- Malpractices have the potential to inflict enormous harm on individuals, on communities and on the environment. Through helping the organization to understand more about the causes and consequences of these malpractices, organizational ethics helps to create mutual trust and confidence in relationship.
- The demands being placed on the organization to be ethical by its various stakeholders are constantly becoming more complex and more challenging. Organizational ethics provides the means to appreciate and understand these challenges more clearly, in order that the organization can meet these ethical expectations more effectively.
- Organizational ethics can help to improve ethical decision making by providing management with the appropriate knowledge and tools that allow it to correctly identify, diagnose, analyze, and provide solutions to the ethical problems and dilemmas it is confronted with.
- Organization can prosper on the basis of good ethical standards. Organizational ethics helps to retain the operations for longer period.
- Organizational ethics provides the management the ability to assess the benefits and problems associated with the different ways of managing different issues in the organization.
- In the age of complexity in the markets, competition is increasing day by day. Good ethical standard helps the organization to face the challenges.
Implementation of organizational ethics in the organization needs certain steps. Ethical or unethical behaviour of individual employees is influenced in the workplace both by their own moral development and the influence that the organization culture exerts on them. They are influenced by a group of forces that surround them such as their peers, their supervisors, and superiors, the reward system, group norms, organizational values and policies and the manner of their implementation. Ethical behaviour can be developed and managed in a number of ways. Human resource management (HRM) plays the pivotal role in the management and development of the ethical behaviour amongst the employees. HRM department can execute this through training, communication and discipline. In some of the organizations, there may be ethics officers who are entrusted with the responsibility to implement ethics in the organization. Further HRM department must prepare a sound ethical programme which should include the following components.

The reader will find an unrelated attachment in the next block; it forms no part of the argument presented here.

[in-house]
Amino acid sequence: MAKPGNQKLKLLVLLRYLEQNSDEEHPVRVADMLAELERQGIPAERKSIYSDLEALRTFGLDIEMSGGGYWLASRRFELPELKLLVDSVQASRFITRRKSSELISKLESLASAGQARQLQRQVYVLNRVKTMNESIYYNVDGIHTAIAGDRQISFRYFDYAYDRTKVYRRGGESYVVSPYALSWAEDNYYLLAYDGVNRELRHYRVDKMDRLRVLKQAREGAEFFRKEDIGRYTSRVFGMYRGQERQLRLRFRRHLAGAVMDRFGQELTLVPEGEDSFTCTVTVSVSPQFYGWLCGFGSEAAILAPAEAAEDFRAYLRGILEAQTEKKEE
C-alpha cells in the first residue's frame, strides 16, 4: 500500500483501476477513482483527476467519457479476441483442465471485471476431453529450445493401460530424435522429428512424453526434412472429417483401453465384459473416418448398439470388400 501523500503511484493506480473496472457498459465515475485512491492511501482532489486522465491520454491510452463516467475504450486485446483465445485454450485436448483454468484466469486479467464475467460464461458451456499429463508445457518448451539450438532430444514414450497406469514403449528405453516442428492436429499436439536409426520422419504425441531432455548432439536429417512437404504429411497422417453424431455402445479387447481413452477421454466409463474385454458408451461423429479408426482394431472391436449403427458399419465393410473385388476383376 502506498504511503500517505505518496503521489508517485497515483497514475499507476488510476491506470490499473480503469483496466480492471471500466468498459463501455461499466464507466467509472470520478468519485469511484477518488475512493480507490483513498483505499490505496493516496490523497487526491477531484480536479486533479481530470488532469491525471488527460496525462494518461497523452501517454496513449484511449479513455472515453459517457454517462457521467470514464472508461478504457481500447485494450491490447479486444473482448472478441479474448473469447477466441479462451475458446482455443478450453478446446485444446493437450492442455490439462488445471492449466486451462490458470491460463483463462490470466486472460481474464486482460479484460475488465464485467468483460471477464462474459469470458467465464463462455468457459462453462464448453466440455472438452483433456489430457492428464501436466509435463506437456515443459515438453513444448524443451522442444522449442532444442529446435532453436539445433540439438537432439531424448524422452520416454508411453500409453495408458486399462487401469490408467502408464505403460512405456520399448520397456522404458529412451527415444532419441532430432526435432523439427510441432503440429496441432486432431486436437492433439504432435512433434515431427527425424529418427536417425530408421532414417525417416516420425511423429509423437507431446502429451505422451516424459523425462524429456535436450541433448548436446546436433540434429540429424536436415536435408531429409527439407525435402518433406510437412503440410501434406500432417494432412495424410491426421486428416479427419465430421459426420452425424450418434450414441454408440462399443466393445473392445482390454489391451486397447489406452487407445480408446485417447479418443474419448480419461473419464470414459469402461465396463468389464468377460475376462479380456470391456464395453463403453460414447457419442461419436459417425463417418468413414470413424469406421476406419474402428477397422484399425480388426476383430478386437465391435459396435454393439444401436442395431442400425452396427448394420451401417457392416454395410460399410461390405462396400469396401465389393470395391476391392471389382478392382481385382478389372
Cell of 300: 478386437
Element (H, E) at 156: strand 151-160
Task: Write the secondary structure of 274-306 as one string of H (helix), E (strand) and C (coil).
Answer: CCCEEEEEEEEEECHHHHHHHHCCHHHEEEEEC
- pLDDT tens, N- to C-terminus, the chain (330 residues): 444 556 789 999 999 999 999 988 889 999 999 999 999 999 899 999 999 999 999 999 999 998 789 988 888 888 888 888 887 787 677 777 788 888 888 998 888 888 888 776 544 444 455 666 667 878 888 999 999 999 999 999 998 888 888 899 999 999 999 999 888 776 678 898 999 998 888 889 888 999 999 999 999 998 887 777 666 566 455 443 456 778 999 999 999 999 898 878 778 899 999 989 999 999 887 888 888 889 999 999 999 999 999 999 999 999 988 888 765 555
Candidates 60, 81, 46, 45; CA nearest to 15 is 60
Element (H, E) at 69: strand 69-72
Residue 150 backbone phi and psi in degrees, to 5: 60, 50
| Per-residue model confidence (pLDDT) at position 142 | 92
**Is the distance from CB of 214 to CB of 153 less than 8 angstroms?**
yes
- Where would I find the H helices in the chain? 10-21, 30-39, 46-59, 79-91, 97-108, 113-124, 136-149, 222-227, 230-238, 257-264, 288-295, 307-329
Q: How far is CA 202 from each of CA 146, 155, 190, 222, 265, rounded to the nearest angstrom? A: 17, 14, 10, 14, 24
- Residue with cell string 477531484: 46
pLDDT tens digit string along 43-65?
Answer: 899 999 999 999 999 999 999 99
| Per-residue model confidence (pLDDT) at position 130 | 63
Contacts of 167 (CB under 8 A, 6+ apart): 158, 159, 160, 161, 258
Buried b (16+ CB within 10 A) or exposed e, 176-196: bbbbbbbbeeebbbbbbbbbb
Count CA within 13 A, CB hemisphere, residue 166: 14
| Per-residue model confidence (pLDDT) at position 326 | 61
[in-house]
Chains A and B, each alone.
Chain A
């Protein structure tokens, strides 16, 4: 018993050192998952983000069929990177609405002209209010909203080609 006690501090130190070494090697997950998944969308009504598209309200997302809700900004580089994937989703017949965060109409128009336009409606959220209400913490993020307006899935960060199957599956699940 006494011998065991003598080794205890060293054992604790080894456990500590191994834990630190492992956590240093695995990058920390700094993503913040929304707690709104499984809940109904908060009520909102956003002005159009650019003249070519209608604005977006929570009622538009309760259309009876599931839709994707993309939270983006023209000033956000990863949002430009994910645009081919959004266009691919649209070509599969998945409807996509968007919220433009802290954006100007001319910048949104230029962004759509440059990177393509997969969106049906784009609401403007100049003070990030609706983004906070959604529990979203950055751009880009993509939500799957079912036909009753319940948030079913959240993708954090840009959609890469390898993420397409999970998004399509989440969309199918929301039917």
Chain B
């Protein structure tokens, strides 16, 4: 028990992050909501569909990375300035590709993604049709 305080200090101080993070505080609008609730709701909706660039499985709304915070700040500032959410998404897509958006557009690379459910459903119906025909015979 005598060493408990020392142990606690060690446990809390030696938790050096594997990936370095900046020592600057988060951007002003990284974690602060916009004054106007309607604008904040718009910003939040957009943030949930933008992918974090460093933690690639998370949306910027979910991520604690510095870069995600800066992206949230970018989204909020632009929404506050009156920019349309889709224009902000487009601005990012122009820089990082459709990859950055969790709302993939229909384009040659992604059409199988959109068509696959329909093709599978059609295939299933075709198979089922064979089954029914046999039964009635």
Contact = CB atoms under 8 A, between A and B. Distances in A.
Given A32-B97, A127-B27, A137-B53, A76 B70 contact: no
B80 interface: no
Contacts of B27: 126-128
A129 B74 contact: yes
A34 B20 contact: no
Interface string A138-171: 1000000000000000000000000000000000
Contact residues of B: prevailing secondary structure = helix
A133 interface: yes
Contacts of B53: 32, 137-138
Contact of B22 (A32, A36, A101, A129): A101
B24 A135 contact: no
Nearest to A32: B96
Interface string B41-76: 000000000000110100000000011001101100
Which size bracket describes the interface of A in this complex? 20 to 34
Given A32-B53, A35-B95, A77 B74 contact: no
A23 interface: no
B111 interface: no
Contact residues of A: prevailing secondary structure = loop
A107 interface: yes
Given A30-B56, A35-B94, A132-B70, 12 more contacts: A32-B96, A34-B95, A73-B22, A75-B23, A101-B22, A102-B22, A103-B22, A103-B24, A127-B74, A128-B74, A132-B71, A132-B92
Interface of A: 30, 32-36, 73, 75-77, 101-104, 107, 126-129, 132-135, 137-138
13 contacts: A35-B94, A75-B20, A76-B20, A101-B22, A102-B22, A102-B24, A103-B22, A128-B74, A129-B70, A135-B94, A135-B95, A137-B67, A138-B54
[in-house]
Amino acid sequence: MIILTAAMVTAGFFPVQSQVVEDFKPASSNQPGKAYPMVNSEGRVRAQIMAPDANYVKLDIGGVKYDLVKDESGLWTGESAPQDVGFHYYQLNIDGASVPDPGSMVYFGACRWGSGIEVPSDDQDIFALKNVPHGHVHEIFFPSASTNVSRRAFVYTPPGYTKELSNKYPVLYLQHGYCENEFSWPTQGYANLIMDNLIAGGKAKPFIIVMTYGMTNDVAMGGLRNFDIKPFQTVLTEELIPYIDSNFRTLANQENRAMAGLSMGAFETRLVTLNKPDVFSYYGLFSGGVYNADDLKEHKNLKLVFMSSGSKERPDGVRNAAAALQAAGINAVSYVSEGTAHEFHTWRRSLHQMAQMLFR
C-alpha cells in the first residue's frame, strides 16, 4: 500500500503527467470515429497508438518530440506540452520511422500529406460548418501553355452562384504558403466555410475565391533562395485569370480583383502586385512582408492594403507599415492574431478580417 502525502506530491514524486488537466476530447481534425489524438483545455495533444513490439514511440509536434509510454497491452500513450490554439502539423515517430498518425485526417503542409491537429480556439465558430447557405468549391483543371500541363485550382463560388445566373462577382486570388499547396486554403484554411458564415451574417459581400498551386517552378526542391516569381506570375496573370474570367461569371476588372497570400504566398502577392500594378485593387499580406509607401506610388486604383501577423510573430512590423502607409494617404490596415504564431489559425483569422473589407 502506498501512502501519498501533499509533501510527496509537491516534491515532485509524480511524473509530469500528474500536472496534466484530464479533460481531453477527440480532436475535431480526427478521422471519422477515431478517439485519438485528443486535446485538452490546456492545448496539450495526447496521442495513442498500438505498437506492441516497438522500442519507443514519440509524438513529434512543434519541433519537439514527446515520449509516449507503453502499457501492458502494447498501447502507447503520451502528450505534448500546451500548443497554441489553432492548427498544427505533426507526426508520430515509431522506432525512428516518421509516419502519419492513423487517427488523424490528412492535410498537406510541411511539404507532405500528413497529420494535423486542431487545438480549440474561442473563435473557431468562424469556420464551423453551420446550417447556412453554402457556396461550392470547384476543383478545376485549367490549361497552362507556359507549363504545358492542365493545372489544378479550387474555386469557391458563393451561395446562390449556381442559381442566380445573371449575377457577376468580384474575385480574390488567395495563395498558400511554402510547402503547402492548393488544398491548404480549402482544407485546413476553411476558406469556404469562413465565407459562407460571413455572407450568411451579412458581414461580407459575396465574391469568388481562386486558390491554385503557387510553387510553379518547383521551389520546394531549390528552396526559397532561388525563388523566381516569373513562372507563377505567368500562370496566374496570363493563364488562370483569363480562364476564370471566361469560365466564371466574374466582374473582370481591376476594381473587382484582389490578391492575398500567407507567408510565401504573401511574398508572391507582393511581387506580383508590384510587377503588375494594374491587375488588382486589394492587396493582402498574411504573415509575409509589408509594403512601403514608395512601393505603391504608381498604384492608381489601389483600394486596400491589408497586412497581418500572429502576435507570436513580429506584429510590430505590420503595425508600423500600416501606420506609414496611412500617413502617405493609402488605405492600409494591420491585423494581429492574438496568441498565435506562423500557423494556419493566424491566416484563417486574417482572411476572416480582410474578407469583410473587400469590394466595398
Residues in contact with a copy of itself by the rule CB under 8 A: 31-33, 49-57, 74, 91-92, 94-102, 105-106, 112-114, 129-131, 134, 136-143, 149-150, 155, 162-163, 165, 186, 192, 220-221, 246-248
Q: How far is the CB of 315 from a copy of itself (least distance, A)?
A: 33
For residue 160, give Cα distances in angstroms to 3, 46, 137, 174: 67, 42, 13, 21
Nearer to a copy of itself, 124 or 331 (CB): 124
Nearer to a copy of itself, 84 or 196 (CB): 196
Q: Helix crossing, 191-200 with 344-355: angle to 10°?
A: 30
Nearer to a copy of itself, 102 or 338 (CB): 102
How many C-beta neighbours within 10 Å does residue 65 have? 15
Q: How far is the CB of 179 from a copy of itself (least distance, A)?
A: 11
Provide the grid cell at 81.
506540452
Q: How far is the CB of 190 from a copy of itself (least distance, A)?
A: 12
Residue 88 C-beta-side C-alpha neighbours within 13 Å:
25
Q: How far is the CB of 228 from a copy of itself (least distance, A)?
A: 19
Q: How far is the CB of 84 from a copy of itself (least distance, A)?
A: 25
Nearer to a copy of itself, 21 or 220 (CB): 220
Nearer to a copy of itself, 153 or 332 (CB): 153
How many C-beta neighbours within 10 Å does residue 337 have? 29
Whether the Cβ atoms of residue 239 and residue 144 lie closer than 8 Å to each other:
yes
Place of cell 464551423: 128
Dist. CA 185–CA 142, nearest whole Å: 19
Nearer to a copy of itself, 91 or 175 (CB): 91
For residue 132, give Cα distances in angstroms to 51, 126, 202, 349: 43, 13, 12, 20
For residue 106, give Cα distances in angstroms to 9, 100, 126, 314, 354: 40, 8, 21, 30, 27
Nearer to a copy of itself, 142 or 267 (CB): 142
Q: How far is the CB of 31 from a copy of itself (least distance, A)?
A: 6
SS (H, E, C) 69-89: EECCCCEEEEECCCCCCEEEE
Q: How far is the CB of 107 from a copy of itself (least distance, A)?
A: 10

- Formal code of conduct
- Ethics committee
- Ethical communication
- Ethics officer
- Ethics training programme
- Disciplinary system in the organization
- Establishing an ombudsperson.
Necessity for organizational ethics
The following are the ten necessities for an organization to implement organizational ethics.
- To satisfy shareholder expectations
- To protect the reputation of the organization
- To build trust with those groups with which the organization works
- To guard against unethical employees and competitors
- To establish a working environment that matches the core values
- To ensure that the organization is an equal opportunity employer
- To maintain a safe working environment for employees
- To engage actively with local communities as a partner
- To maintain high standards of integrity
- To adhere to the practice of full disclosure on the quality of goods and services